From: Helen Opie — Oct 12, 2007

I agree that acrylics may not be so safe. When I was taking graduate courses at SUNY-Albany (State University of New York – Albany) there was talk then that those who worked with acrylics for long hours indoors seemed to have a higher rate of brain tumours than other artists, printmakers being the only exception. I also have a friend with many allergies; she cannot use acrylic paint, and had to cover with builders foil, all her acrylic-painted walls in her new studio. She now usess them outdoors, and works with gouache indoors. Oils bother her, and she thinks it might be the driers, as the oil itself is from edible sources.

From: Theresa Bayer — Oct 12, 2007

Art fairs are a lot of fun and I did them for many years but now I consider myself mostly retired from them. I just do one a year now. As for art supplies, well choose your poison. I figure the most poisonous thing around is a negative attitude. Positive thinking and a little common sense when dealing with art supplies go a long way.

From: Susan Flaig — Oct 12, 2007

Thanks for the info about acrylic fumes when they are drying, now I know why I can leave the studio feeling a little stupified! I always thought that acrylics were a safer alternative, as my daughter suffers from asthma. I will now ask my long-suffering husband to help me install an extractor fan in my studio!

From: Wayne Robert Hall — Oct 12, 2007

Be sure to check prices on mobile tool carriers. I have been using a Mastercraft from Canadian Tire for years. I also found several configurations of these things, so it pays to check out a few. Take care.

From: Peter Brown — Oct 12, 2007

These black lines on Cezanne’s work seem the scribblings of someone who knows little of painting. To say arbitrary is the least of it.

From: Annabelle Meacham — Oct 13, 2007

Robert, you said what is one of the pithiest and most important things of all in your response to Janet Bowser, in her query to you about “Learning to paint from TV”. You said, “Art is a test of discrimination as much as acquiring skills and tricks. There’s no need for disdain, but artists need to think things out”. I’ve tried very hard to get this idea across to students. Not everything they ’emote’ onto a canvas is good. Before considering it finished enough to show others, they need to examine it in a discriminating fashion and make any changes necessary to ensure that it proudly represents what they consider to be a good work of art.

From: Barbara Spyrou — Oct 13, 2007

I was soooo tempted to get my cookie cutter shapes and start stamping Cezanne’s paintings then publish my book. I couldn’t figure out what the logic was behind the shapes, cones and such. I think cookie cutters are more fun. So, my dear Cezanne, cut up a cookie and enjoy it.

From: Njeri — Oct 13, 2007

As an artist fairly new to the experience of working with oils I was very inspired by the endless possibilities it awarded me. I worked long into the wee hours of the night for weeks, maybe months. I considered my space well ventilated with overhead fans and an open door. I also added Japan drying oil, colbalt blue medium,liquin original, pale drying oil, etc. Ignorant to the toxic affects that these fumes had on me and my environment, I got real up close and personal with some of my work. At times,I would fall asleep in the same room just to see my new creation in the first morning light with a fresh outlook. Only I began to discover things weren’t that fresh eventually! Yes I did read the warning labels and thought it can’t be that bad. I noticed my vision begin to blur and I would get what I called the spins. One morning I looked in the mirror and my face was drooping on my left side ever so slightly. Eventually it worsened and a co-worker exclaimed, you have bells palsey! I thought I was permenantly disfigured and wondered, what other side effects had taken place and how long do they last? After cleaning out my room and moving my work elswhere the symtoms disappeared in a week or so. I’m still a little dizzy here and there but come to think of it, I always have been…at least I’m not considering cutting off my ear or painting drooping clocks. I wonder if “they” ever slept with their paintings?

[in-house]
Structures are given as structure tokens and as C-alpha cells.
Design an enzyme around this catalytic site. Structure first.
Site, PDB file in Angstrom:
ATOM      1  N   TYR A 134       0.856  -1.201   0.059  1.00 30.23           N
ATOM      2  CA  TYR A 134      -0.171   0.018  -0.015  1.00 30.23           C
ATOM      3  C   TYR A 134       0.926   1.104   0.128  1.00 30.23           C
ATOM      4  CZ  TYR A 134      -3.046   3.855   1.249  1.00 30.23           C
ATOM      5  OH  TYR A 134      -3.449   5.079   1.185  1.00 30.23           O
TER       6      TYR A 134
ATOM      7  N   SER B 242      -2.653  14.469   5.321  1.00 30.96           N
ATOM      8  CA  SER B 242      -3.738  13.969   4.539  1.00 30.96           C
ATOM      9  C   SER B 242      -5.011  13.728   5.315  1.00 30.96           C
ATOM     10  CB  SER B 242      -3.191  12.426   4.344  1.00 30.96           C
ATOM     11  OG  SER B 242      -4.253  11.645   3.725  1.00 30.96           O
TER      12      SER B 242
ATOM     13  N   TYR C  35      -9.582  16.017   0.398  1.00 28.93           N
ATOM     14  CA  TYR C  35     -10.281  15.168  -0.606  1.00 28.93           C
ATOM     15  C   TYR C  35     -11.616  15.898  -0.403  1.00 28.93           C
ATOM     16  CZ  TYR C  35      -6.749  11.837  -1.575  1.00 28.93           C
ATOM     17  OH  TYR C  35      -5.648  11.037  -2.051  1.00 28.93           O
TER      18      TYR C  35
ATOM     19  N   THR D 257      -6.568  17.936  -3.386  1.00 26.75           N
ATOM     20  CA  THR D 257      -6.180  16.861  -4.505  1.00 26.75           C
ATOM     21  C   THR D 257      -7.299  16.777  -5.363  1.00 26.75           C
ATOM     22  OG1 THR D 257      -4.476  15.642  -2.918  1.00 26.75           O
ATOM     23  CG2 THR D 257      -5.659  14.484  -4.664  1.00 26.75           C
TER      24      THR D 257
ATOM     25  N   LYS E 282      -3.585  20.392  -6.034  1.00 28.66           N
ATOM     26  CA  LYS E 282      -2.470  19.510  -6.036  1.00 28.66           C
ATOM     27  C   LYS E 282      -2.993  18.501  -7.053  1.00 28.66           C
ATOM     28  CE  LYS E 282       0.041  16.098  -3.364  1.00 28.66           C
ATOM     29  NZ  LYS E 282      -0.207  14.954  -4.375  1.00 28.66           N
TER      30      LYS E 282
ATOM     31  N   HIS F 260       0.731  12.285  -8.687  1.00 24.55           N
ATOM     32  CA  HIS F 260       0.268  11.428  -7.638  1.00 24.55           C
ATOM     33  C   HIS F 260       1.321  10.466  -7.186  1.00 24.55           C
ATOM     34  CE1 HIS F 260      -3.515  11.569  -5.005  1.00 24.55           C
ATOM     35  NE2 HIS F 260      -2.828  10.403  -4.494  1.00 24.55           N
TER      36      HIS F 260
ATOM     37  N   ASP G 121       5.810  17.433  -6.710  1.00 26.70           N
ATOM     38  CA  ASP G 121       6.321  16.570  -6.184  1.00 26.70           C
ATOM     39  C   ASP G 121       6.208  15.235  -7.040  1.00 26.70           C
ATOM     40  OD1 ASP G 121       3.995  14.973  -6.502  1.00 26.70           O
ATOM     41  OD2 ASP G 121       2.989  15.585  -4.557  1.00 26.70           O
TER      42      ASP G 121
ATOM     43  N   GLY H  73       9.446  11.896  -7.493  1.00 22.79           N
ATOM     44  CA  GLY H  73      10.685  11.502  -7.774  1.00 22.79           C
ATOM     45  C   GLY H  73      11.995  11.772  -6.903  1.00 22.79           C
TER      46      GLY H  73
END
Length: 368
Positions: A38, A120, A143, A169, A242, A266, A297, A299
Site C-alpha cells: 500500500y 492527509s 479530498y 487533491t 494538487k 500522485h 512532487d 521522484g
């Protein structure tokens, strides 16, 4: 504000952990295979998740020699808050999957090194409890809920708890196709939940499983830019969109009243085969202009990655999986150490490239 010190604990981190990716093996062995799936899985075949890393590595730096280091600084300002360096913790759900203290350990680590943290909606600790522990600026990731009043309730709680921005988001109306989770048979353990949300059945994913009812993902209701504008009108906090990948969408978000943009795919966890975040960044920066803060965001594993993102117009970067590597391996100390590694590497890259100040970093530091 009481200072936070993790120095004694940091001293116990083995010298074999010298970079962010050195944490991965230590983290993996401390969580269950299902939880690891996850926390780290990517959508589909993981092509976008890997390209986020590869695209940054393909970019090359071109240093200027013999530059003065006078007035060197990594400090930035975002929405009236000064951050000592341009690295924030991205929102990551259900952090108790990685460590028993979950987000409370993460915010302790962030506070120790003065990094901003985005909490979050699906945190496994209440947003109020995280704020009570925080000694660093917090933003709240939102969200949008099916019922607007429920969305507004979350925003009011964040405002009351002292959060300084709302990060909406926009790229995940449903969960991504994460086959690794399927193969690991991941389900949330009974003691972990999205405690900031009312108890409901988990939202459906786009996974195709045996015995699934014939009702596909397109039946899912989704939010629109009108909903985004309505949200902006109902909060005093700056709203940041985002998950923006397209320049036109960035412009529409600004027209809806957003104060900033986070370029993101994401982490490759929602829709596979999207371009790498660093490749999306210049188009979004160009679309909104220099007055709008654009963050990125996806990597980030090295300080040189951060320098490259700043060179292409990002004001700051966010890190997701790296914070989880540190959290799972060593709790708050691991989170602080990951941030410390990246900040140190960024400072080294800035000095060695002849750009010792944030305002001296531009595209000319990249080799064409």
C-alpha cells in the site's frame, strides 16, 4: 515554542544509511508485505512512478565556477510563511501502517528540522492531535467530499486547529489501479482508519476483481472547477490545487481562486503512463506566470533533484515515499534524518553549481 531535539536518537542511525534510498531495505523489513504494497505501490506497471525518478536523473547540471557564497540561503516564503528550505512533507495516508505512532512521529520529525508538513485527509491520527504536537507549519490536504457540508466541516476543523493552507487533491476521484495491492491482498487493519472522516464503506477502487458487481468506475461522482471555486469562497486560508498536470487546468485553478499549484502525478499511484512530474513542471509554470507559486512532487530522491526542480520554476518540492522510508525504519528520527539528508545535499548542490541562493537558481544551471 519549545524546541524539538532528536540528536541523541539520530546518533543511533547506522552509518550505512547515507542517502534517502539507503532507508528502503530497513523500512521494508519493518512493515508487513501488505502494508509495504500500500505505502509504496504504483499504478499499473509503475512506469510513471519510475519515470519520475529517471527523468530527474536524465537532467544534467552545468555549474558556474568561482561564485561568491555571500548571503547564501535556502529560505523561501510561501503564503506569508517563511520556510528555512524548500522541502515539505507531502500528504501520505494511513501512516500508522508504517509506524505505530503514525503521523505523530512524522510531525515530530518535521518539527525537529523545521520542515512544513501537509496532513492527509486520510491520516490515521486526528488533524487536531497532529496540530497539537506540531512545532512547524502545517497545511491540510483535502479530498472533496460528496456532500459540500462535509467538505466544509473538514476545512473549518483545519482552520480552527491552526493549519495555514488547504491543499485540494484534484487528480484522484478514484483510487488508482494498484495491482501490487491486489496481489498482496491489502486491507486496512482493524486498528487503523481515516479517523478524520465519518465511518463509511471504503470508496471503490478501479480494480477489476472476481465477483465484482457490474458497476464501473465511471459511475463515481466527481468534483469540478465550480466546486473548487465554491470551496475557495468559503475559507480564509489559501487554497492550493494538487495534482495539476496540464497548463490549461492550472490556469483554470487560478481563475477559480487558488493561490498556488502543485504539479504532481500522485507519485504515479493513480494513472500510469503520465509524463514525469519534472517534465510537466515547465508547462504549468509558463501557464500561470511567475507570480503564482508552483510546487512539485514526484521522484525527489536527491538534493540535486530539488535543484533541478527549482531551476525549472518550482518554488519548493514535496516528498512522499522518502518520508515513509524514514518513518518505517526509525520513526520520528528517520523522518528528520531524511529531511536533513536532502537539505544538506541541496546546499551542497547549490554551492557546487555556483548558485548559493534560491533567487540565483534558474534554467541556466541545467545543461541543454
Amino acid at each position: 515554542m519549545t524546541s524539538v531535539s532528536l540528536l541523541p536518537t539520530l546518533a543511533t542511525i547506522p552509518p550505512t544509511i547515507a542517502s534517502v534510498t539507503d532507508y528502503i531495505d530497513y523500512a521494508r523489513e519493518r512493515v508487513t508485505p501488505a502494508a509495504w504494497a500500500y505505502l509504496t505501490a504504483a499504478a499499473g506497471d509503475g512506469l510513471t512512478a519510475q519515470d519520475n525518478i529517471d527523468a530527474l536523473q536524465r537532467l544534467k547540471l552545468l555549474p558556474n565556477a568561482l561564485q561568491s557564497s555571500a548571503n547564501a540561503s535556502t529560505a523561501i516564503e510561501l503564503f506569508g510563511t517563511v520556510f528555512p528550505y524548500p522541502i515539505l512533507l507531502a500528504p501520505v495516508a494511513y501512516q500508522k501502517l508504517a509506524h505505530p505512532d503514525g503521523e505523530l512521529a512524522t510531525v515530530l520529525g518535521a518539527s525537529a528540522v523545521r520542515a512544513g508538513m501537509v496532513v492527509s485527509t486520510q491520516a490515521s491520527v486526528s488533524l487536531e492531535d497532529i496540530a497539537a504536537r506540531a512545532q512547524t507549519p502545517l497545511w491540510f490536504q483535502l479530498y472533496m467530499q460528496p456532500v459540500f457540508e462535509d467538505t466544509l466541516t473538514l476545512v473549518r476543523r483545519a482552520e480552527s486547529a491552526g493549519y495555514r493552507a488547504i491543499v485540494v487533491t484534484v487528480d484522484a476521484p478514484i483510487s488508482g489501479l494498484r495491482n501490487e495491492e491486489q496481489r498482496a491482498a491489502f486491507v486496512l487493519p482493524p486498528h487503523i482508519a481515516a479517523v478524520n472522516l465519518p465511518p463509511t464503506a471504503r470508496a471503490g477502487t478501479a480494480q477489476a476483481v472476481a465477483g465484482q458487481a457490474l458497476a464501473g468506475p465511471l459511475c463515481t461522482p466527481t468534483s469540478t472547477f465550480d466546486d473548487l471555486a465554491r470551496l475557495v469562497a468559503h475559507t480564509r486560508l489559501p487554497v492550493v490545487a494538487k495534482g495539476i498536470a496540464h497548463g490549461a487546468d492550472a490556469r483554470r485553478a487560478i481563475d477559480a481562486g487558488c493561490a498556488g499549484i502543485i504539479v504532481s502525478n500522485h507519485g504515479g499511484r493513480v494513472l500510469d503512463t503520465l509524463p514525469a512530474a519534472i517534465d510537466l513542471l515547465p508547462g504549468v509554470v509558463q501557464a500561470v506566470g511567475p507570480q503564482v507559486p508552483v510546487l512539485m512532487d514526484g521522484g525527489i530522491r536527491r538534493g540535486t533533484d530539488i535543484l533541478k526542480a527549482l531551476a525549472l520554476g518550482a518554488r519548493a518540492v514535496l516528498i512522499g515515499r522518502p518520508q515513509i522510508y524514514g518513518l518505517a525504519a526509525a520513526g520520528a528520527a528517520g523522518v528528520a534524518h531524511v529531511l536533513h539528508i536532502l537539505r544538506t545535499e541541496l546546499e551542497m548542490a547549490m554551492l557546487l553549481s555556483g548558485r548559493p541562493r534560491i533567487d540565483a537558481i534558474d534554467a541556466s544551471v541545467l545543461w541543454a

From: Kenneth Flitton — Oct 15, 2007

Funny you should mention Cezanne’s compositions. I have a book 3rd ed. by Erle Loran 1963 called Cezanne’s Composition (analysis of his form with diagrams and photographs of his motifs). It dissects many of his paintings completely into geometrical relations. I wonder very much whether Cezanne himself put that much analysis into his compositions. It was originally printed 1943 by U of California Press.







Basics; Air

Encaustic painting, 24 x 24 inches
by Helen Musser, Dallas, TX, USA